The FAO Food Price Index rose notably in January, led by sugar and cereals, even as global markets remain well supplied.
According to a press release published by the Representation of the Food and Agriculture Organization of the United Nations (FAO) in the Islamic Republic of Iran, the FAO Food Price Index averaged 173.8 percent in January, its highest value in almost two years, marking a 2.1 percent increase from its revised December value and 16.4 percent above its 2016 January level.
The FAO Sugar Price Index surged 9.9 percent in the month, driven by expectations of protracted supply tightness in Brazil, India and Thailand.
The FAO Cereal Price Index rose 3.4 percent from December to a six-month high, with wheat, maize and rice values all increasing. Wheat markets reacted to unfavourable weather conditions hampering this season's crops as well as reduced plantings in the United States of America, while higher maize prices mostly reflected strong demand and uncertain crop prospects across South America. International prices of rice also rose, in part due to India's ongoing state procurement programme, reducing the quantities available for export.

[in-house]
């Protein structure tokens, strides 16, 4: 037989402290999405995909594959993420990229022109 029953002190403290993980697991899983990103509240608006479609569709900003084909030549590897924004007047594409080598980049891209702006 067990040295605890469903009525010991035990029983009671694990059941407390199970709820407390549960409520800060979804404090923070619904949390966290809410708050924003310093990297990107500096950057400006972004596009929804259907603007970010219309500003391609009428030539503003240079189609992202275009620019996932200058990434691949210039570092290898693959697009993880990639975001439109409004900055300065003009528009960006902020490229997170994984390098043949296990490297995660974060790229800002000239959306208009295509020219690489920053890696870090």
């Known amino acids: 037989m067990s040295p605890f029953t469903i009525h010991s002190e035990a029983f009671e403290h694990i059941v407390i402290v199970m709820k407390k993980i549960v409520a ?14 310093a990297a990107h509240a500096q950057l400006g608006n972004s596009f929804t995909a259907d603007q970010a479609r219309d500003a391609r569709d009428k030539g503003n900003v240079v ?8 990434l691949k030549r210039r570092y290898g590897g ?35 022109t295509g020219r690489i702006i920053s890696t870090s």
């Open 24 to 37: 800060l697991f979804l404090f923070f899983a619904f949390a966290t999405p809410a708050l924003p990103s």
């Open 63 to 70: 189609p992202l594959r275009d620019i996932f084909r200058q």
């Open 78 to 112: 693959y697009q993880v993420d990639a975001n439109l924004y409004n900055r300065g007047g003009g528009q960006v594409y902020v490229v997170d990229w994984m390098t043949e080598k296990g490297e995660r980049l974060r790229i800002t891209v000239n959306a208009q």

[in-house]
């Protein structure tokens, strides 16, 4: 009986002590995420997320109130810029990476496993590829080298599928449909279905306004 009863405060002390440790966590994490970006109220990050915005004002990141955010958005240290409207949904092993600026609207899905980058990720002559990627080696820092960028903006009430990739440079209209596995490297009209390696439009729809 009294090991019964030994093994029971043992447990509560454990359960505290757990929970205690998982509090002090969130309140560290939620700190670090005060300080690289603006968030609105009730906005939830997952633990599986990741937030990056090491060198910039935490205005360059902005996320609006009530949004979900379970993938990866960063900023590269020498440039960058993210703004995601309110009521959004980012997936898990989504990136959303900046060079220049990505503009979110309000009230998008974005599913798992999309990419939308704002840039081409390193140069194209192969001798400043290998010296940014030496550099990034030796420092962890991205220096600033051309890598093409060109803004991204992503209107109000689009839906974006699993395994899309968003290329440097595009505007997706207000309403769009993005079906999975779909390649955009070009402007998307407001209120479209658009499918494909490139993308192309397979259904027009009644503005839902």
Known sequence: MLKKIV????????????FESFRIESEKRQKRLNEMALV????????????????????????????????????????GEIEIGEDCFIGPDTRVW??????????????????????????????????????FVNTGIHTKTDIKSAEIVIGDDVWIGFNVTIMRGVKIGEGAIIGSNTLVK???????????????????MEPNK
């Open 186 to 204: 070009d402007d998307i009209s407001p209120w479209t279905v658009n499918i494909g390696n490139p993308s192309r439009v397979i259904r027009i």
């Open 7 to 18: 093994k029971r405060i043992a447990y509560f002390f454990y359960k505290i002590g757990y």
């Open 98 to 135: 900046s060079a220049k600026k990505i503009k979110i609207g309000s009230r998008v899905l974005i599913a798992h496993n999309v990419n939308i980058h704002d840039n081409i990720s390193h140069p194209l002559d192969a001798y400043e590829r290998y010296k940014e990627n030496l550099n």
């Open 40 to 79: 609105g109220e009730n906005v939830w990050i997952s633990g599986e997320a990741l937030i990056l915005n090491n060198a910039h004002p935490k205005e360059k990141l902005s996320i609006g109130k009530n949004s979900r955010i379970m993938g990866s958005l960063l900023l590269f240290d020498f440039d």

FAO's Food Price Index is a trade-weighted index tracking international market prices for five major food commodity groups. While 2016 marked the fifth consecutive year the index has fallen, January marked its sixth monthly increase in a row.
The FAO Vegetable Oil Price Index rose 1.8 percent, due mostly to low global inventory levels of palm oil coupled with a slow production recovery in Southeast Asia. Soy oil prices, by contrast, eased on expectations of ample global availability.
The FAO Dairy Price Index was unchanged from December, a marked departure from the 50 percent increase it posted between May and December last year. The FAO Meat Price Index was also practically unchanged, with a rise in bovine meat quotations - the result of herd rebuilding in Australia - offset by lower prices of ovine and other meats.
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